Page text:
# In WebGL, how can I efficiently render a mesh many times per frame, without instancing?

I'm using WebGL and I want to render a single mesh many times at different locations. I know about WebGL 2's drawArraysInstanced() and drawElementsInstanced() calls, but I think only Firefox supports them now.

The only solutions I see are :

1. Put all the meshes in a single buffer and render it with a single call to drawArrays()/drawElements(), but that would be a waste of memory because the mesh contains a lot of vertices and if the meshes are not static I would need to re-load the vertices in gpu memory every frame or so.

2. Have a single mesh in memory and render each instance with a separate call to drawArrays()/drawElements(), updating the model matrix between each call. I don't think that's the best way.

Any ideas? Thanks

• Have you actually tried option 2 and determined that it really is inefficient? It might be just fine. – Maximus Minimus Nov 26 '16 at 9:11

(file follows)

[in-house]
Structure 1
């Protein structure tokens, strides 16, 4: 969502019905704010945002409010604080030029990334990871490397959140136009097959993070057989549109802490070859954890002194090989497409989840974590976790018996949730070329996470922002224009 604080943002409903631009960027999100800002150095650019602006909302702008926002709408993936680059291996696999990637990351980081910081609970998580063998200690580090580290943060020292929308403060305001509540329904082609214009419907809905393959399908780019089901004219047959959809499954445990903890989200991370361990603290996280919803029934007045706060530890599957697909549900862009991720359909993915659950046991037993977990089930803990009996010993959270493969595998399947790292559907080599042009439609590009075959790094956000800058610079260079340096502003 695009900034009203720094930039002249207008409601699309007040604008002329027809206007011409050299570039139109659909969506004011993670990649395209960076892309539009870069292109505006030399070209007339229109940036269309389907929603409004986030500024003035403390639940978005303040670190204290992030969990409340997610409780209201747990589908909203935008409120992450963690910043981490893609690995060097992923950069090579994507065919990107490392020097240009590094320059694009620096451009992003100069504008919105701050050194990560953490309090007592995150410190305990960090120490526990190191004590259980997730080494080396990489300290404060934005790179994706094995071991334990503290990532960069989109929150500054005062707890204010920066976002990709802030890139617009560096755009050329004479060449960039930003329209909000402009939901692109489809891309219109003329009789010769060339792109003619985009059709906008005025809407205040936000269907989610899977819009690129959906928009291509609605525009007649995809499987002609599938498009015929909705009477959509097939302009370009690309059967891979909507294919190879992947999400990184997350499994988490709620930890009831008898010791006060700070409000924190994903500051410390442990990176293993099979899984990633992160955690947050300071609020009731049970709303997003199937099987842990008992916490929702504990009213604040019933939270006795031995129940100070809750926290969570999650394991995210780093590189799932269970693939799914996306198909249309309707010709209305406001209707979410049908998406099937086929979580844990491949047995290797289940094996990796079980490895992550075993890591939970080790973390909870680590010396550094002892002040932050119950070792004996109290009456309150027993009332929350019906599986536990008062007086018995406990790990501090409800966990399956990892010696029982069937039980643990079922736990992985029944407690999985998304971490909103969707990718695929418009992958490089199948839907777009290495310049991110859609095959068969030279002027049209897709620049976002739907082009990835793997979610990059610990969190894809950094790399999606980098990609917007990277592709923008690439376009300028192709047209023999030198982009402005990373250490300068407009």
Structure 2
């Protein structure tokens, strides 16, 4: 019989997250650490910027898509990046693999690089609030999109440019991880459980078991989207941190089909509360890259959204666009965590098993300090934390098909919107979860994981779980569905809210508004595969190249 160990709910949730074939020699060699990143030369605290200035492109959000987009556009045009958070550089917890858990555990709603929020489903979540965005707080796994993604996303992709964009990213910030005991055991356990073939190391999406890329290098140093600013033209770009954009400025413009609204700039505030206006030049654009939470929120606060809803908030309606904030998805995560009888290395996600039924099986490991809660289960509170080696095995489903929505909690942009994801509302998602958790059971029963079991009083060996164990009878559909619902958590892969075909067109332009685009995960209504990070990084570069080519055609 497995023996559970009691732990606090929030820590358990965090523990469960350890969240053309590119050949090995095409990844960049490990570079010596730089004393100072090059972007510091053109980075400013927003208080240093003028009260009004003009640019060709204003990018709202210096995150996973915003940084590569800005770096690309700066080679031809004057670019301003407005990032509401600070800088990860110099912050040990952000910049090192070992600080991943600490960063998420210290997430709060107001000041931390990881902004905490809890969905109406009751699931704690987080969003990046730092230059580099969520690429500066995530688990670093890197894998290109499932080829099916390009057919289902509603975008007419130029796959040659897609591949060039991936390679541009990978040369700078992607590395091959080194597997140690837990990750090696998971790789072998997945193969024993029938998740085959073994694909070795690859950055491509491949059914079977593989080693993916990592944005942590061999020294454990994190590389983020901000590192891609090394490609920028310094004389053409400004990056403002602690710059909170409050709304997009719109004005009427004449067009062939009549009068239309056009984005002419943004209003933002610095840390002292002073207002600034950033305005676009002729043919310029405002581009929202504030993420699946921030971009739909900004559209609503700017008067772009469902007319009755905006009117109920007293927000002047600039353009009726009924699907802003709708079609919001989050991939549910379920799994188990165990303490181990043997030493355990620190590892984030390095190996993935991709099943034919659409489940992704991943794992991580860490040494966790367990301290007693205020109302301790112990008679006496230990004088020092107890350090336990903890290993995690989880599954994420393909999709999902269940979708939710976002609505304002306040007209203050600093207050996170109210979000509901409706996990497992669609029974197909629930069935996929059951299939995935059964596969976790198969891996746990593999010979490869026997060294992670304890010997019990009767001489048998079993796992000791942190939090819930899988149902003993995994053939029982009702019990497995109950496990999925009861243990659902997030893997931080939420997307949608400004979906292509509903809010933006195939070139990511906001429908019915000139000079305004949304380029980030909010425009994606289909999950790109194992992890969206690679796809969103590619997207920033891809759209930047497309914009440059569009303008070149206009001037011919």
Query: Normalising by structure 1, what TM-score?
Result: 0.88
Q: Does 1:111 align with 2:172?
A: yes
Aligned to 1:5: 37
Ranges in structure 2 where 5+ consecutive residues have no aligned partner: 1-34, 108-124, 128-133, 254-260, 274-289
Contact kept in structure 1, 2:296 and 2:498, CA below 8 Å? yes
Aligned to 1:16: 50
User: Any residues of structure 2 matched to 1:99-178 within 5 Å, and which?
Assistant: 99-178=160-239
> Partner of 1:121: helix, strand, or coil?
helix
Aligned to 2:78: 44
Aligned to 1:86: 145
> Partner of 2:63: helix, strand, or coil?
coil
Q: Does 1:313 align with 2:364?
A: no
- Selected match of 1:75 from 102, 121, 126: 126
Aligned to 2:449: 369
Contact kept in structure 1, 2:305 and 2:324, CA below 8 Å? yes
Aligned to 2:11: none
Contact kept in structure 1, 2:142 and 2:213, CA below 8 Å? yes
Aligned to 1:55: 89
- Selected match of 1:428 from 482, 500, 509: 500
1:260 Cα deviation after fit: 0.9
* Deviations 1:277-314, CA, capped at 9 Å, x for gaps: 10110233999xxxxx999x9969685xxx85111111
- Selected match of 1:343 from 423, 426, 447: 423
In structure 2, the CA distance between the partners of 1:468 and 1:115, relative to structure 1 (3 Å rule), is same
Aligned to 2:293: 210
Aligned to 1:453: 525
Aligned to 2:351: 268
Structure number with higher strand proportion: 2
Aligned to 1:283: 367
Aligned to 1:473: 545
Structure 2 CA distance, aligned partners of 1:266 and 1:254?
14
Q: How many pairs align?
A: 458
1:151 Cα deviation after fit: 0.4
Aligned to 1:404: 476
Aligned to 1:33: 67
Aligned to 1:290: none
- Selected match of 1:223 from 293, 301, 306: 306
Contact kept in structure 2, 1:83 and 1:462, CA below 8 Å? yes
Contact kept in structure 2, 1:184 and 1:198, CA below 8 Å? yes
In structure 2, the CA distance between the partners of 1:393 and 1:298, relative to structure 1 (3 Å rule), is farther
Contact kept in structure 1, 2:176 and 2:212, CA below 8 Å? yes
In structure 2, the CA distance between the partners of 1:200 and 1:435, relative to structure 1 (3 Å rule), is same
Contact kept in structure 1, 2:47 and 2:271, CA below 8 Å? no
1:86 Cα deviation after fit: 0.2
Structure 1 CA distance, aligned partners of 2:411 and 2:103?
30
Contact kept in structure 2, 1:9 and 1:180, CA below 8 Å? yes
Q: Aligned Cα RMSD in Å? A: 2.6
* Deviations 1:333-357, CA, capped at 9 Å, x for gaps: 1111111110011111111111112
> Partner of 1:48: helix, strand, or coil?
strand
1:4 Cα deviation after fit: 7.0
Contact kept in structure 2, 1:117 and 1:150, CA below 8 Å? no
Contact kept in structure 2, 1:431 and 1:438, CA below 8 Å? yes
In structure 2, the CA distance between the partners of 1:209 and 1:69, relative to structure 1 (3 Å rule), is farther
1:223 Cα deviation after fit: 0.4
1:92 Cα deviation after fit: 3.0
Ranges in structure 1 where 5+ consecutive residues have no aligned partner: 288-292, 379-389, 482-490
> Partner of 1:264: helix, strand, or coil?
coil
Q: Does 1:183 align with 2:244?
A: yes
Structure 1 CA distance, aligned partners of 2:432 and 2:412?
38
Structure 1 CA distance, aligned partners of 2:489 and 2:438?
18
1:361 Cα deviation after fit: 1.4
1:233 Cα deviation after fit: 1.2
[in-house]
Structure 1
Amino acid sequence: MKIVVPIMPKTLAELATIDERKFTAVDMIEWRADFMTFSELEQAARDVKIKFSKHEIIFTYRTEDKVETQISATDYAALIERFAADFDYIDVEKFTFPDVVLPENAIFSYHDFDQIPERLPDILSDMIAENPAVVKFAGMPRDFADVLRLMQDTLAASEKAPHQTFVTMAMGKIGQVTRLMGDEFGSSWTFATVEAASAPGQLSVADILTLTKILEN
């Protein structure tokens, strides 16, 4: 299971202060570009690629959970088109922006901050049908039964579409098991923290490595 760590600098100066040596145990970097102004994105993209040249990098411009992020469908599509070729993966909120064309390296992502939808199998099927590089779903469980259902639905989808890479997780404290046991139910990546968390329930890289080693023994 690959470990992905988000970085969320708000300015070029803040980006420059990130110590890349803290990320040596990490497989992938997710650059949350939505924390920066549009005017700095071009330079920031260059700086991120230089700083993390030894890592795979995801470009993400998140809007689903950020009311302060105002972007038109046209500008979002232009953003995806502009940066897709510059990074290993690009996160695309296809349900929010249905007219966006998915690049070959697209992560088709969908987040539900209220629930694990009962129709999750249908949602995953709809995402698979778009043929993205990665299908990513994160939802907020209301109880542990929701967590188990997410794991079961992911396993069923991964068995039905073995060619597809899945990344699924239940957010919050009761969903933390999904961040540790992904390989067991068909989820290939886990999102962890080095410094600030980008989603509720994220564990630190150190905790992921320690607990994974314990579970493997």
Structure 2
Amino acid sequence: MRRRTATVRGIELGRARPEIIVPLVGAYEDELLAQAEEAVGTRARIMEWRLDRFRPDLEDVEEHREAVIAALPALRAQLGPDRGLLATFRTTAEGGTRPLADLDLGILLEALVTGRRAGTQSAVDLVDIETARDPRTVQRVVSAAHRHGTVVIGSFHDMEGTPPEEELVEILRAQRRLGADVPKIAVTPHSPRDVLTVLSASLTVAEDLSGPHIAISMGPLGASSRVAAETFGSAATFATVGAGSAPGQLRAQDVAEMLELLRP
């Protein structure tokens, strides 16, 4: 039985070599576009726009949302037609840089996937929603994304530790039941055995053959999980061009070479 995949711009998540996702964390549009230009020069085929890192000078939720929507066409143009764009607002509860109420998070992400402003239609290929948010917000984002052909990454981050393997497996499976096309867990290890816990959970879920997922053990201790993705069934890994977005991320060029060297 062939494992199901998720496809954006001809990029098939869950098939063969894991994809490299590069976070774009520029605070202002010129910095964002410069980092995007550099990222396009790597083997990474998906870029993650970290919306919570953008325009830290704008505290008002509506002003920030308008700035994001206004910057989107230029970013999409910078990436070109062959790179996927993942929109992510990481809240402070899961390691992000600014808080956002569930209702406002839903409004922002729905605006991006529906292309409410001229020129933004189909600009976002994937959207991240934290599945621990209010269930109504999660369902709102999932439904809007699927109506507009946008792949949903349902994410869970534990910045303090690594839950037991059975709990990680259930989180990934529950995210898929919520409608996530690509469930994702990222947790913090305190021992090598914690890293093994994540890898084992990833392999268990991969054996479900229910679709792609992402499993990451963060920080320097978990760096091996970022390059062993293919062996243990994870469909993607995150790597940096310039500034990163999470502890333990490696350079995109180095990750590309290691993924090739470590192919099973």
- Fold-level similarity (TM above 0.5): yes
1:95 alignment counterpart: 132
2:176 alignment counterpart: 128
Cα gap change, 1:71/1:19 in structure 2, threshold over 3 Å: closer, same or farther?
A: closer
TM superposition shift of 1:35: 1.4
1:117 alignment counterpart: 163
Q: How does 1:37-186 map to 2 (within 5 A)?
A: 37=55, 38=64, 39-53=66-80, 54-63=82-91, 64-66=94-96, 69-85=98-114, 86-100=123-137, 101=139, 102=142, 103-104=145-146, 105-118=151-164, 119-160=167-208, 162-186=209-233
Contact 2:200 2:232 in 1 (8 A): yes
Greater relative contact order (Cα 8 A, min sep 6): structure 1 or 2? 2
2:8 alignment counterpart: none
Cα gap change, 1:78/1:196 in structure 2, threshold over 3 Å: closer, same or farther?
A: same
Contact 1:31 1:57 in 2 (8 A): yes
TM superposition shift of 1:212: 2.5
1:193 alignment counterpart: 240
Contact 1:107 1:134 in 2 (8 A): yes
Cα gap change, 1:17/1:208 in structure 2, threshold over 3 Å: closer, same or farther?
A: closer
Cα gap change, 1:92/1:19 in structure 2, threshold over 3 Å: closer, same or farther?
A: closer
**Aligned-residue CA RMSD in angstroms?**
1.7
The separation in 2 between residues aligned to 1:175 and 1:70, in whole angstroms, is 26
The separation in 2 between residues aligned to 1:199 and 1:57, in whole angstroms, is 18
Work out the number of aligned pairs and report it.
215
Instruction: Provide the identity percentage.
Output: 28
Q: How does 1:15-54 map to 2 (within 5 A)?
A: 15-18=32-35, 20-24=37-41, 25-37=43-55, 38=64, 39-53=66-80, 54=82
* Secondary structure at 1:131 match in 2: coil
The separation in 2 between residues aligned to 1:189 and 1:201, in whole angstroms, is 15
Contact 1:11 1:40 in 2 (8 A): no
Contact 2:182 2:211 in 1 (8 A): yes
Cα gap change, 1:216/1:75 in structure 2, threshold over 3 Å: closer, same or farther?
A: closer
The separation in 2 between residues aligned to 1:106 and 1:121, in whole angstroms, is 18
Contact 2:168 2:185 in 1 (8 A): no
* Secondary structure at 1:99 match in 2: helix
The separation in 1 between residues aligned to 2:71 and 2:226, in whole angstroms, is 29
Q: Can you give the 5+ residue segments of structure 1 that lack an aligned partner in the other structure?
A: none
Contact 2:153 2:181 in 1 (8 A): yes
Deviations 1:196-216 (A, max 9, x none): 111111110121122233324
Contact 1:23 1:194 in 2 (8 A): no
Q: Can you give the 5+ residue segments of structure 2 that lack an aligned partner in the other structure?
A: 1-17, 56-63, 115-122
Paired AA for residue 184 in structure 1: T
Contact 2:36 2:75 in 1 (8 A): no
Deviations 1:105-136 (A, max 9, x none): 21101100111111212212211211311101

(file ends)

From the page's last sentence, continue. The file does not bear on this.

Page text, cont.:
•  I don't think that's the best way. Uh that's pretty much how it works without instancing. – Sidar Jun 27 '17 at 20:21

You need the same exact mesh, thus you only need one vertex buffer with the mesh info of 1 model. No need for very long vbos.

Remember, if you don't multiply the mesh's position with a model matrix in the shader, then you get the mesh in the center of the scene without any rotation.

If you want it to be in the scene multiple times at different positions, bind the model obly once, then for each of them load in a different model matrix to the shader and call the appropariate draw function.

This is pretty efficient, you only send 2 calls to the GPU every time you render a new model, and it uses significantly less VRAM thab the instancing method (you don't need a separate vbo for the locations).

Putting all your meshes in one big buffer and render it with one drawArrays call is not even half as bad. However, this has a few drawbacks. If a mesh ever needs to change, you'll have to update the buffer. Whilst that is not that expensive, if this happens frequently and with multiple objects, it will become a bottleneck.

It all depends on how many objects you have and how much they have to move. If its all static geometry, you'll be fine with one big buffer (although I would still recommend just using instanced anyway). If they should move every frame, you should use multiple drawcalls.

The only way to make sure is just to try it and look at the results.